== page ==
Thousands of Miles from Home


To Oz

Today the international course students at school took a trip to Okayama to meet with college students and other foreigners who live in the area. We left school around 11:30 without any teachers for the train station on foot, and took the 11:50 train to Okayama. It was my first time taking the train and there were a few changes but the other students looked after Andee and I(except one stop where everyone got off the train and Andee and I didn't notice so we rushed off the train only to realize we were on the right train and everybody got back on)

In Okayama we had a little time before we had to be at the Kokusai Koryuu Sentaa so Andee and I walked around to some bakeries and shops inspecting (and tasting) their wares. This day also marked my first time in Macdonaldo, japan's macdonalds, and as far as I could tell everything was the same except a little more expensive and smaller portions. Andee bought a chicken sandwich but I passed. At the Sentaa (I'm not sure if this was supposed to be center, my information sheet had the former) we went to the 8th floor and ate lunch while 14 people from various countries conversed among themselves on the other side of the large lecture hall. After lunch, and being at a slight advantage over the other students who could not speak english, I wandered over to meet the people the students would be interviewing for the day. I met Eric Heien, who graduated from Berkeley in computer science but now teaches languages in Okayama with computer consulting on the side. We ended up talking for a long time so I didn't get to meet many more people until the interview began.

After all the students had eaten lunch, they assembeled in small groups to meet with one of the guest speakers. In my group was Rosi from Indonesia, who is studying chemistry in okayama. The students asked her questions and I translated when their english failed using my poor japanese and useful electronic dictionary. I also learned a lot about Indonesia (which isn't saying much because I knew very little before today). Around 4 o' clock the day ended and the students were allowed to return home. Of course, many students stayed in Okayama to shop.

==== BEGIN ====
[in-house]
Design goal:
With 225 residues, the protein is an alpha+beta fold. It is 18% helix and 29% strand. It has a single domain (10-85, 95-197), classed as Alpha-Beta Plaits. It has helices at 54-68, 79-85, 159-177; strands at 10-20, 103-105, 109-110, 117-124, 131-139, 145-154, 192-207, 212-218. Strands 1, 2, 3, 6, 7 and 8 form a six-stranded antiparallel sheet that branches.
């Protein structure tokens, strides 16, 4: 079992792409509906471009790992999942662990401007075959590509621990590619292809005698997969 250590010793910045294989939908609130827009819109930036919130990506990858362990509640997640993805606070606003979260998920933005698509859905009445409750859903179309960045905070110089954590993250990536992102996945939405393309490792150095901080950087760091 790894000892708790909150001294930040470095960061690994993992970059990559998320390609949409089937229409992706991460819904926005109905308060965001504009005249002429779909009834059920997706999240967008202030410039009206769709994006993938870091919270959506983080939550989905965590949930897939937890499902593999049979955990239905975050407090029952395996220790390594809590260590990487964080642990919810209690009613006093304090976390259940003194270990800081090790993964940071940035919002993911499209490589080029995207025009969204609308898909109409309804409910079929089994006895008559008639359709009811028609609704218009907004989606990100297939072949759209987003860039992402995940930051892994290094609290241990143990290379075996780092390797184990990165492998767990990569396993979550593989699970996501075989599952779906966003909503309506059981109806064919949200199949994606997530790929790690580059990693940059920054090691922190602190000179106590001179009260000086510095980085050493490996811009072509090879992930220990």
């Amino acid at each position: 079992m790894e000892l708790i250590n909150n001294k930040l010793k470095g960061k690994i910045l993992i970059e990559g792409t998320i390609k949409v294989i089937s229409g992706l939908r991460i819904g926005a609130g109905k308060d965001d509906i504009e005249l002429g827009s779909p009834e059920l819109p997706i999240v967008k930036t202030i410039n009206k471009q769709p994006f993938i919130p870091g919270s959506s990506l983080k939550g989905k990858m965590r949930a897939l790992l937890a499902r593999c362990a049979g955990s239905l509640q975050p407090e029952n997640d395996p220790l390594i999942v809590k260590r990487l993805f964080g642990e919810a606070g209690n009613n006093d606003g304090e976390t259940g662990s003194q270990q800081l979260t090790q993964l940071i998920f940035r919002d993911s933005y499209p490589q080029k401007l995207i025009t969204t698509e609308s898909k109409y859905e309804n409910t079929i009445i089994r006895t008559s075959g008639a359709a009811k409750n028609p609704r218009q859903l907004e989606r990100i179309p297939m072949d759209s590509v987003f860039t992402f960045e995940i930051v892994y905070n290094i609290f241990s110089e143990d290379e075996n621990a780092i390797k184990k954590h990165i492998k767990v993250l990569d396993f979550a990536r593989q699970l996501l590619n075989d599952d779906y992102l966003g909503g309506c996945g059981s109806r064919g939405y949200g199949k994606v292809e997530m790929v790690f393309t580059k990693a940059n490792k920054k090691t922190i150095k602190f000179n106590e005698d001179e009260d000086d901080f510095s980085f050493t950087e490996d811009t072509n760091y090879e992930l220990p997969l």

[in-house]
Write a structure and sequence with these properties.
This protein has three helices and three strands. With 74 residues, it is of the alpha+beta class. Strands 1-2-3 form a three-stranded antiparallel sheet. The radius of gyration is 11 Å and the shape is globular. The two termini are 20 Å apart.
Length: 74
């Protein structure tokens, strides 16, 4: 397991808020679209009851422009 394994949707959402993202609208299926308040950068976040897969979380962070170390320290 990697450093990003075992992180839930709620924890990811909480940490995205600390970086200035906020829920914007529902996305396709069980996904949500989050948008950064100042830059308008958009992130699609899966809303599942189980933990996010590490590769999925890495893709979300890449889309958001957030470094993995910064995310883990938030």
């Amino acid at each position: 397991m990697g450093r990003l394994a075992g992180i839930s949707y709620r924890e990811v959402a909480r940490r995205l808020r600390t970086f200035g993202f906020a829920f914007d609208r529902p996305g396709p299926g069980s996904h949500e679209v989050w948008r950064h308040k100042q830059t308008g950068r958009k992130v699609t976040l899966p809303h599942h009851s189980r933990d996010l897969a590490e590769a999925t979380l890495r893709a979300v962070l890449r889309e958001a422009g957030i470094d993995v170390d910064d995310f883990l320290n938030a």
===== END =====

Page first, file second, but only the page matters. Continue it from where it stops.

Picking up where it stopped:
Andee and I walked from the Okayama train terminal and bus station to Tenmaya square, about 1.4 Km away, to look at some shops including a very large book and department store. I have found that english books are expensive, but there are usually sales that can be found. And considering the amount of money I save with not buying food everyday, and the allowance from Rotary, I don't feel bad dropping thousands of yen (tens of dollars).

We shopped for a few hours, ate a little bit, then dragged outselves back to the train station around dark. Shopping is quite fun because of all the surprises that can be found. From engrish to interesting clothing to cute stuffed toys, I think anyone can be entertained with a day out. Amazingly, among all the people in Okayama, I saw Yuudai and two of his friends on the same train home to Tamano. Later they were joined by some girls from school. So the eight of us went back to Tamano, where Andee and I left together to go back to the school to get our bikes. Japan by night is not only very peaceful, but I also feel very safe. On the way back to school we met one of the english teachers, so had a brief conversation about the day.

Andee and I then rode home on our bikes, where we were rather tired and hungry but satisfied with the day. I would like to say the weekend will be relaxing but I know there will be a lot to do. A lunch party tomorrow and then kyudo in the evening. On tuesday Thomas Conroy comes from Australia.

A few more:

Hey Ho, Let's Go

Wataru on guitar


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